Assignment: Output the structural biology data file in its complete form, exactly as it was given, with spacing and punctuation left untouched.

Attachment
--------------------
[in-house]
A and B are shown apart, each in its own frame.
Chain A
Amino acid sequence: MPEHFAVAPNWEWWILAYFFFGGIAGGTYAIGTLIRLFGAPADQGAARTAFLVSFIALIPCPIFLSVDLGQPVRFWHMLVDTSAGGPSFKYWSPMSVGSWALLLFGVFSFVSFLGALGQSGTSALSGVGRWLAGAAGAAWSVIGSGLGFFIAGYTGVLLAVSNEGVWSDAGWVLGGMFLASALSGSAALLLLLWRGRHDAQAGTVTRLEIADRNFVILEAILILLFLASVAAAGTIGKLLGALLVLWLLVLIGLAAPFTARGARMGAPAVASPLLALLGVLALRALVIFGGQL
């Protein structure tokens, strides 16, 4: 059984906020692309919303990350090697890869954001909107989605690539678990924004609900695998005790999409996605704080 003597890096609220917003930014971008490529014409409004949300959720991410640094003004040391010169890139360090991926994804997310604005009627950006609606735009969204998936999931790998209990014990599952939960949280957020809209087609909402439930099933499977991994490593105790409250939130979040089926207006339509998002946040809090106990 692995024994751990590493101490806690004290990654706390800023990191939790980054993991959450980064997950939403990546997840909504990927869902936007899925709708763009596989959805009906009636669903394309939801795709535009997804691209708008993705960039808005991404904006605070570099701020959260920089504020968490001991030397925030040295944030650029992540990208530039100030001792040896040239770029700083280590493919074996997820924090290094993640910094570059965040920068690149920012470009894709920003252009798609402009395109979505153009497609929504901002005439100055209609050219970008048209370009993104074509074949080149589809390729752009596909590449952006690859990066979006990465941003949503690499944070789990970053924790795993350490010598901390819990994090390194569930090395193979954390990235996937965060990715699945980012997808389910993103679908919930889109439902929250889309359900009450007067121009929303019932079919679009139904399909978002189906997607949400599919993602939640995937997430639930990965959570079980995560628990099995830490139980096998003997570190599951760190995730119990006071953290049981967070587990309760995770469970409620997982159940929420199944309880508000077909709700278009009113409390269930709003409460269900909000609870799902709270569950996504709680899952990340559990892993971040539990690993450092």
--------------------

[in-house]
A and B are shown apart, each in its own frame.
Chain A
Amino acid sequence: MPEHFAVAPNWEWWILAYFFFGGIAGGTYAIGTLIRLFGAPADQGAARTAFLVSFIALIPCPIFLSVDLGQPVRFWHMLVDTSAGGPSFKYWSPMSVGSWALLLFGVFSFVSFLGALGQSGTSALSGVGRWLAGAAGAAWSVIGSGLGFFIAGYTGVLLAVSNEGVWSDAGWVLGGMFLASALSGSAALLLLLWRGRHDAQAGTVTRLEIADRNFVILEAILILLFLASVAAAGTIGKLLGALLVLWLLVLIGLAAPFTARGARMGAPAVASPLLALLGVLALRALVIFGGQL
């Protein structure tokens, strides 16, 4: 059984906020692309919303990350090697890869954001909107989605690539678990924004609900695998005790999409996605704080 003597890096609220917003930014971008490529014409409004949300959720991410640094003004040391010169890139360090991926994804997310604005009627950006609606735009969204998936999931790998209990014990599952939960949280957020809209087609909402439930099933499977991994490593105790409250939130979040089926207006339509998002946040809090106990 692995024994751990590493101490806690004290990654706390800023990191939790980054993991959450980064997950939403990546997840909504990927869902936007899925709708763009596989959805009906009636669903394309939801795709535009997804691209708008993705960039808005991404904006605070570099701020959260920089504020968490001991030397925030040295944030650029992540990208530039100030001792040896040239770029700083280590493919074996997820924090290094993640910094570059965040920068690149920012470009894709920003252009798609402009395109979505153009497609929504901002005439100055209609050219970008048209370009993104074509074949080149589809390729752009596909590449952006690859990066979006990465941003949503690499944070789990970053924790795993350490010598901390819990994090390194569930090395193979954390990235996937965060990715699945980012997808389910993103679908919930889109439902929250889309359900009450007067121009929303019932079919679009139904399909978002189906997607949400599919993602939640995937997430639930990965959570079980995560628990099995830490139980096998003997570190599951760190995730119990006071953290049981967070587990309760995770469970409620997982159940929420199944309880508000077909709700278009009113409390269930709003409460269900909000609870799902709270569950996504709680899952990340559990892993971040539990690993450092």